Nebraska community college property tax repeal: simplifying the tax code to deliver property tax relief
High Resolution Downloadable Study Here.
Nebraska’s property tax burden is the central issue in the state’s tax debate. Property taxes are high and unevenly distributed, making it hard to develop clean solutions for direct tax reduction. Indeed, legislative action in the last several sessions shows that Nebraska lawmakers are working to tame the state’s property tax burden through several different approaches, and more solutions are likely to come.
Nebraska’s community college property tax is a unique component of the total property tax burden in that it can be entirely eliminated by the state. It is also large enough that complete elimination would provide meaningful property tax relief. Not only is it possible for Nebraska to eliminate community college property taxes, previous legislatures have taken meaningful steps to make full repeal more feasible.
Nebraska property owners pay the 7th-highest property taxes in the country. Recent changes to Nebraska’s Property Tax Incentive Act have created credits for property tax relief while changes to Nebraska’s Property Tax Request Act have created greater transparency and accountability in the property tax system. While these efforts have provided a form of indirect tax relief, what has been missing is a direct reduction in property taxes for property owners across the state.
Nebraska lawmakers enacted indirect community college property tax relief in 2022 by passing LB 873, which creates a refundable income tax credit for community college property taxes paid. This tax credit mirrors one Nebraska provides for school district property taxes paid. In short, property owners can claim a refundable tax credit on their income tax returns for community college property taxes paid.1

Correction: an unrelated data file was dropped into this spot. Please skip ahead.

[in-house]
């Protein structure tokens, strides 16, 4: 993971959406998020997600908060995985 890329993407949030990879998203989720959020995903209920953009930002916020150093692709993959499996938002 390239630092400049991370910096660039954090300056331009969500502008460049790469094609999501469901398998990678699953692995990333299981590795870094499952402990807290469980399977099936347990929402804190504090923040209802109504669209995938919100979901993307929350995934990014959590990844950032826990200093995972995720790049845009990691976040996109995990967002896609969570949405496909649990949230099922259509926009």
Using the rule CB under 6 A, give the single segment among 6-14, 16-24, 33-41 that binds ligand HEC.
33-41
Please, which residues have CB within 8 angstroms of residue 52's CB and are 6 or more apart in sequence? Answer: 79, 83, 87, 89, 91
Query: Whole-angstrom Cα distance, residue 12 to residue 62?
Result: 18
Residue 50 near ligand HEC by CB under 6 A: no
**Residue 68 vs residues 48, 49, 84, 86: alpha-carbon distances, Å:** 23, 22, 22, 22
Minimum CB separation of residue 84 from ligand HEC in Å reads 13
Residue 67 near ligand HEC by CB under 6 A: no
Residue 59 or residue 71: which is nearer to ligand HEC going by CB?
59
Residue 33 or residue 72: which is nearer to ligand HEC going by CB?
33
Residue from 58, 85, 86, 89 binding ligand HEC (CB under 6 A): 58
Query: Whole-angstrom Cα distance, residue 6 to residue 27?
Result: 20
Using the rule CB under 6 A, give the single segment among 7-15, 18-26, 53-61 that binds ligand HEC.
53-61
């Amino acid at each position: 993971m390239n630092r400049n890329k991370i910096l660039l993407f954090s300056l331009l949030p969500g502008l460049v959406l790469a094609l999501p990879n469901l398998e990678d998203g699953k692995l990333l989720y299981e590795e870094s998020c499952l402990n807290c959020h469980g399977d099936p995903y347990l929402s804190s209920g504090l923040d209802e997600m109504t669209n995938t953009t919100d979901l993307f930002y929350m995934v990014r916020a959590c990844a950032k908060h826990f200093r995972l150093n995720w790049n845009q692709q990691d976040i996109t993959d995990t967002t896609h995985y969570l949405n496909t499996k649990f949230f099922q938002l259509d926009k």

In 2023, Governor-elect Jim Pillen and Nebraska’s newly-elected Unicameral should build upon LB 873 by eliminating Nebraska’s community college property taxes altogether. This solution will provide direct, permanent property tax relief. Current revenue conditions combined with the community college tax credit created in LB 873 make community college property tax elimination the next logical step. Eliminating community college property taxes will achieve three important goals:
- Directly reduce property taxes by more than 5% statewide
- Eliminate the administrative burden of tax credits to achieve property tax relief
- Simplify Nebraska’s property tax system
Community Colleges as a Slice of Nebraska’s Total Property Tax Burden
Nebraska’s property tax generates significantly more revenue than any other tax in the state. Nebraskans paid $4.73 billion in property taxes in 2021, according to the state’s Department of Revenue. In comparison, $3.1 billion was paid in state and local sales taxes, $3.0 billion was paid in net individual income taxes, and $644 million was paid in net corporate income taxes.2
Schools account for 60% of the property tax burden, followed by 16% from counties, 11% from cities and villages, and just over 5% from community colleges. The remaining 8% of property taxes are collected by Natural Resource Districts, Educational Service Units, Fire Districts, Townships, and other Miscellaneous Districts.
Nebraska property owners pay the 7th-highest property taxes in the country as a percentage of housing value, according to an analysis by Tax Foundation.3 Property taxes equal 1.54% of housing value in Nebraska, a higher rate than all bordering states. Iowa’s is the neighbor with the next highest property tax rate at 1.43%.
All else being equal, if Nebraska had repealed its community college property tax before Tax Foundation’s calculations were made, Nebraska’s property tax burden would have been reduced from 1.54% to approximately 1.46% of housing value. This would have put Nebraska at the 9th-highest property tax burden rather than the 7th-highest, dropping the Cornhusker State below Wisconsin and Ohio and landing not far from #10 Iowa (1.43%) and #11 Pennsylvania (1.43%).
Nebraska’s Community College Funding
Nebraska’s community college system is comprised of 5 regional member colleges across the state along with one metropolitan region consisting of the four counties surrounding Omaha. Western Nebraska covers the 12 westernmost counties, Mid-Plains covers 18 counties, Central covers 25 counties, Northeast covers 20 counties, Southeast covers 15 counties and Metropolitan covers four counties. Each college is governed by a locally-elected eleven-member board, and the colleges focus on occupational education to link local industry to a skilled workforce.